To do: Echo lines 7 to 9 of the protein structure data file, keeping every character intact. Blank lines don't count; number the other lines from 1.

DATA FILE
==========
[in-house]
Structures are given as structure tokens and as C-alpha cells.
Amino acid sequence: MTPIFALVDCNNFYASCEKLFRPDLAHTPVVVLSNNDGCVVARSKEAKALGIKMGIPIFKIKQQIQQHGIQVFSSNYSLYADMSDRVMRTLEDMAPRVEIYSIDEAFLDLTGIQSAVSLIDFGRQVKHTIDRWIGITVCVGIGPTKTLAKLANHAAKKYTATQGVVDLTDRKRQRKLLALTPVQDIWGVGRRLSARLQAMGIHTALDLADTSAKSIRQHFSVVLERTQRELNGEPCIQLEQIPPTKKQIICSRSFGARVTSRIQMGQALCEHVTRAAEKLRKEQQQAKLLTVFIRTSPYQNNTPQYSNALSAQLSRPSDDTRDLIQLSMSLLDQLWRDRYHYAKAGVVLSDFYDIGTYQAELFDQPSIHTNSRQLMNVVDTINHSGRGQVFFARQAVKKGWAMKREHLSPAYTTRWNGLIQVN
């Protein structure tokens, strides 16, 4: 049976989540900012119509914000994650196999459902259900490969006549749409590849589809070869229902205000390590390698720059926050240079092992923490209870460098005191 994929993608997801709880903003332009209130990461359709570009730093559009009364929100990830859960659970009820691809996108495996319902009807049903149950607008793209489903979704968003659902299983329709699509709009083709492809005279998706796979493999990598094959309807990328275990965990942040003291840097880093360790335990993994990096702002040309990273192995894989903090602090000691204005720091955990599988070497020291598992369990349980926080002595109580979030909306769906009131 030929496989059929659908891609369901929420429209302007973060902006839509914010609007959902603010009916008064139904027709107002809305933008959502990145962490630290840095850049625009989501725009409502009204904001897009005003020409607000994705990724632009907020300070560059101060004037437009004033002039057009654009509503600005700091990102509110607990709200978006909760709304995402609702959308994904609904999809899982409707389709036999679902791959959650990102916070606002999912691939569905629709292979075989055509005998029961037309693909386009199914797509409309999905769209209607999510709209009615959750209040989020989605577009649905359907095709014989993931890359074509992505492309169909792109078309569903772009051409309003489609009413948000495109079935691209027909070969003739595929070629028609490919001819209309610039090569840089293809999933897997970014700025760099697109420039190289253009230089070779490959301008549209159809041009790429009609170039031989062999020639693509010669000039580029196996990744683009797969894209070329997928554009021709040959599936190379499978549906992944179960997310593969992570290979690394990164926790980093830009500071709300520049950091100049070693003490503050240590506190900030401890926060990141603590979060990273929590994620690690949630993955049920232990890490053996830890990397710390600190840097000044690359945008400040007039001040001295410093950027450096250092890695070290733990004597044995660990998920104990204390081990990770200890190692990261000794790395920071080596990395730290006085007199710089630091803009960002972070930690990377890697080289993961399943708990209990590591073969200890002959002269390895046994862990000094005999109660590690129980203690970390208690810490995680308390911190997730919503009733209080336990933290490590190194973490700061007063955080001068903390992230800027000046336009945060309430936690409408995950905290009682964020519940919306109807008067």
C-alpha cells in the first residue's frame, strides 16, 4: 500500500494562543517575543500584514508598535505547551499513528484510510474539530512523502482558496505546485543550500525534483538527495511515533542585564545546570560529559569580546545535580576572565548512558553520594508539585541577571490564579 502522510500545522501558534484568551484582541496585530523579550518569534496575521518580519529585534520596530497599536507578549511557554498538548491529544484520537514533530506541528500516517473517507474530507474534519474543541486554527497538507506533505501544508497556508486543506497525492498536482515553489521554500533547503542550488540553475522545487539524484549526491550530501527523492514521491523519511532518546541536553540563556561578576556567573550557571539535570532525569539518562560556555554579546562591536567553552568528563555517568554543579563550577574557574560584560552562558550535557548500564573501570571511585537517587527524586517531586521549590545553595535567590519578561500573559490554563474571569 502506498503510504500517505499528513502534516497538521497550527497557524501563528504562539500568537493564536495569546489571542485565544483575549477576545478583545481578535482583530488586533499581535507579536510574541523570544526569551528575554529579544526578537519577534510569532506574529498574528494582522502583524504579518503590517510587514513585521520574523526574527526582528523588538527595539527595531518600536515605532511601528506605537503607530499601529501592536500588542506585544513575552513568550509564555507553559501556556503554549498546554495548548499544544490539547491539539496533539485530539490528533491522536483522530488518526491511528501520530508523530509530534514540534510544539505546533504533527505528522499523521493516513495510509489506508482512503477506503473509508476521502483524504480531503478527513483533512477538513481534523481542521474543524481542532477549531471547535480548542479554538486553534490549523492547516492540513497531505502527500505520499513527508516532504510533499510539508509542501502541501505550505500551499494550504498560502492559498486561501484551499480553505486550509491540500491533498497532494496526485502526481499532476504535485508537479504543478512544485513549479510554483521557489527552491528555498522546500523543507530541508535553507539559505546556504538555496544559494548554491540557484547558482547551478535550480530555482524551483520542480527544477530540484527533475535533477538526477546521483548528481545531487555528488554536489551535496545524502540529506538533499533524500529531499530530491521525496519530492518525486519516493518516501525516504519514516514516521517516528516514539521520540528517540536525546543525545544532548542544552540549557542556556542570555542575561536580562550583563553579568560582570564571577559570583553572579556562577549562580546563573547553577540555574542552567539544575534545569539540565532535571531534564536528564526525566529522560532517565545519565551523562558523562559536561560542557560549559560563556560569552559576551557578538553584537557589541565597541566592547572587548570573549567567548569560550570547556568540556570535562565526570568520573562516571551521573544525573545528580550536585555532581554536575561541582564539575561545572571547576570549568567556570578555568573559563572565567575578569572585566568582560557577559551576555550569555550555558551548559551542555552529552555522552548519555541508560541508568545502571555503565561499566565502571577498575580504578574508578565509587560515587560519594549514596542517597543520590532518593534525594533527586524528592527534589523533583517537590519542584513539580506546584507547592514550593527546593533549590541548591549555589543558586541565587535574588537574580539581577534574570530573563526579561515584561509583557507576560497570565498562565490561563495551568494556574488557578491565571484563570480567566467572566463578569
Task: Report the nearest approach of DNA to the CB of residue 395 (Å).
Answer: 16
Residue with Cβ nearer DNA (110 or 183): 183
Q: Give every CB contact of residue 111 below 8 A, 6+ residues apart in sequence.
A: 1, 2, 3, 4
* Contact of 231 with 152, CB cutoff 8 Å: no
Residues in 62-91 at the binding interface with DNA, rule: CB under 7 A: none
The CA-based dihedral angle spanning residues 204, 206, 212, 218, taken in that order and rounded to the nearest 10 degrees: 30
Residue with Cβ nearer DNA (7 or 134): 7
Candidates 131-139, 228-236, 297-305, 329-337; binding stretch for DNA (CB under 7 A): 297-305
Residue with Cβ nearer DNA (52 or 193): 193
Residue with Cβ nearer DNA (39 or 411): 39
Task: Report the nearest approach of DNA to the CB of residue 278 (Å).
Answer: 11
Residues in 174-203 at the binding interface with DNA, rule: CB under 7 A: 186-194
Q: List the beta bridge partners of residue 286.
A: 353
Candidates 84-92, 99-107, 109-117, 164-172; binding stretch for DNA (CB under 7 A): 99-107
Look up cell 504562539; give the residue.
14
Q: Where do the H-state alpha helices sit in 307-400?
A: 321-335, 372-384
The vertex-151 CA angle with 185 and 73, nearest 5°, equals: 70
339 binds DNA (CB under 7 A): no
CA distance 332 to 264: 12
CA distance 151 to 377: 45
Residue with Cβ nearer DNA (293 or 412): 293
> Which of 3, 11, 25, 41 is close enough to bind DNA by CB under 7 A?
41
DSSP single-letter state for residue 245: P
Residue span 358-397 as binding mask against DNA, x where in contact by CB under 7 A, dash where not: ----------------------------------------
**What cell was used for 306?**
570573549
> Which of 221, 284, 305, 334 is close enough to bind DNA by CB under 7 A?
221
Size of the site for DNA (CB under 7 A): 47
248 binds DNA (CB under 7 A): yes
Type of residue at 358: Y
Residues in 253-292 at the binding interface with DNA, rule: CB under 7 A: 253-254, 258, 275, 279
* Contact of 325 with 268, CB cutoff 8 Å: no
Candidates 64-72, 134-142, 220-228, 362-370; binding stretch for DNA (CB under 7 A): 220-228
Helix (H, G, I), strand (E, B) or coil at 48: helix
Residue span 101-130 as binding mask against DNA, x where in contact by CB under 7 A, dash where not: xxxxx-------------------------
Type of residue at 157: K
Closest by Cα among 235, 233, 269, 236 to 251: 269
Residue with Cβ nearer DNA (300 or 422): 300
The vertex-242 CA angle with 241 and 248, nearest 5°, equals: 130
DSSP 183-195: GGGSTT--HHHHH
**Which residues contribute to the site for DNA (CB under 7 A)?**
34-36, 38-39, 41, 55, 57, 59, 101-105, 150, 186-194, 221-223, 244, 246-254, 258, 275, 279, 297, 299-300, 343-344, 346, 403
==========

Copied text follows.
Answer: 16
Residue with Cβ nearer DNA (110 or 183): 183
Q: Give every CB contact of residue 111 below 8 A, 6+ residues apart in sequence.